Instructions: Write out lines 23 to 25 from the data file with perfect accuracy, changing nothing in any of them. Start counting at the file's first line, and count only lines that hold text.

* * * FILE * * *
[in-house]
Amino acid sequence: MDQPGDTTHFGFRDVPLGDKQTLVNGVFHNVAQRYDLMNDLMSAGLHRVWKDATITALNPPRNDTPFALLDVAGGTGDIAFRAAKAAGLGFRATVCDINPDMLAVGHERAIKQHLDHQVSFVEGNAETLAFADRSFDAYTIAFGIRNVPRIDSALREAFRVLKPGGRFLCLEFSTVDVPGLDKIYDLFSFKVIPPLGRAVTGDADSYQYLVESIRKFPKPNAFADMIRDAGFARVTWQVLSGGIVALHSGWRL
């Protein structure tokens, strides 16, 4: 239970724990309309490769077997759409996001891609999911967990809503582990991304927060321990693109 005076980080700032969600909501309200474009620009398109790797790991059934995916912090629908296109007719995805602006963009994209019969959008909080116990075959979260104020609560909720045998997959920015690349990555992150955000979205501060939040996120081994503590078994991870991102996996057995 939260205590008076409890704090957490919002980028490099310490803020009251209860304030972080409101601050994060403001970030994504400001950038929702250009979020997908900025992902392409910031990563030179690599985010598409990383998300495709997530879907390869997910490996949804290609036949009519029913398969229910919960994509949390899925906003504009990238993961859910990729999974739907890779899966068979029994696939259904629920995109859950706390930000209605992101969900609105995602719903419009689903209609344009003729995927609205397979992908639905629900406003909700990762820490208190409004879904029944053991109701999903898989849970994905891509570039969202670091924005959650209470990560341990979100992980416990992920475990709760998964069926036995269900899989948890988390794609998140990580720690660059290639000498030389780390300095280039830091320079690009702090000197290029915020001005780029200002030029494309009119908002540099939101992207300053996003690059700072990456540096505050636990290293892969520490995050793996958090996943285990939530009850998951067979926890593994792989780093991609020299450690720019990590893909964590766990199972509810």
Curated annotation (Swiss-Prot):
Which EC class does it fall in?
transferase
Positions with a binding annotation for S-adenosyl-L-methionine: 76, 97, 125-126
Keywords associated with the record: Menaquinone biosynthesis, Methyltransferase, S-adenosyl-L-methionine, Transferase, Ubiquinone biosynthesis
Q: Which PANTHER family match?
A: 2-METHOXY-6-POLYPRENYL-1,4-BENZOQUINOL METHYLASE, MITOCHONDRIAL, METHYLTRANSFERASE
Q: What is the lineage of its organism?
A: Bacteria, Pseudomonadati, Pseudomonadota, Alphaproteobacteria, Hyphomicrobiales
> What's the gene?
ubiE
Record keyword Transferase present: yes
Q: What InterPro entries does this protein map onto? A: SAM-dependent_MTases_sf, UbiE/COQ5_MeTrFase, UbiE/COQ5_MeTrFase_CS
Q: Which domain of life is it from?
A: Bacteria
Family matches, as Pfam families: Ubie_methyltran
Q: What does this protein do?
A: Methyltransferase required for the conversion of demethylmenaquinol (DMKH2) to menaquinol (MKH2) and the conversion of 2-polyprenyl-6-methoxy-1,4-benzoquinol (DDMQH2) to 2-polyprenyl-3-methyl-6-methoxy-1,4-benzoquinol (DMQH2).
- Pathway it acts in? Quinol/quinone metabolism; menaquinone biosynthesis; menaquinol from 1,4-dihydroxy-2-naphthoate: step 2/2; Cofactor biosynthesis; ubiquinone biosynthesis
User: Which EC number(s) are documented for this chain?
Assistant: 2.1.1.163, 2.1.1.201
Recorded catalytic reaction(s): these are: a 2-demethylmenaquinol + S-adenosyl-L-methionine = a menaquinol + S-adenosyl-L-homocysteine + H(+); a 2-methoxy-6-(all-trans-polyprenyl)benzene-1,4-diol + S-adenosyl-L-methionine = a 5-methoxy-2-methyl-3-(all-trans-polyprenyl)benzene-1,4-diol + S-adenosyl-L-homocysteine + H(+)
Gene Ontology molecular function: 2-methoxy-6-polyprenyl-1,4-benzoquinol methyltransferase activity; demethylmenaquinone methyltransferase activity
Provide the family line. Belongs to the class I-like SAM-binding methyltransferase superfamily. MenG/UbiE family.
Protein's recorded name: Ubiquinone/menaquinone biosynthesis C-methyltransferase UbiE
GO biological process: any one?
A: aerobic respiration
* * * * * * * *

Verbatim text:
User: Which EC number(s) are documented for this chain?
Assistant: 2.1.1.163, 2.1.1.201
Recorded catalytic reaction(s): these are: a 2-demethylmenaquinol + S-adenosyl-L-methionine = a menaquinol + S-adenosyl-L-homocysteine + H(+); a 2-methoxy-6-(all-trans-polyprenyl)benzene-1,4-diol + S-adenosyl-L-methionine = a 5-methoxy-2-methyl-3-(all-trans-polyprenyl)benzene-1,4-diol + S-adenosyl-L-homocysteine + H(+)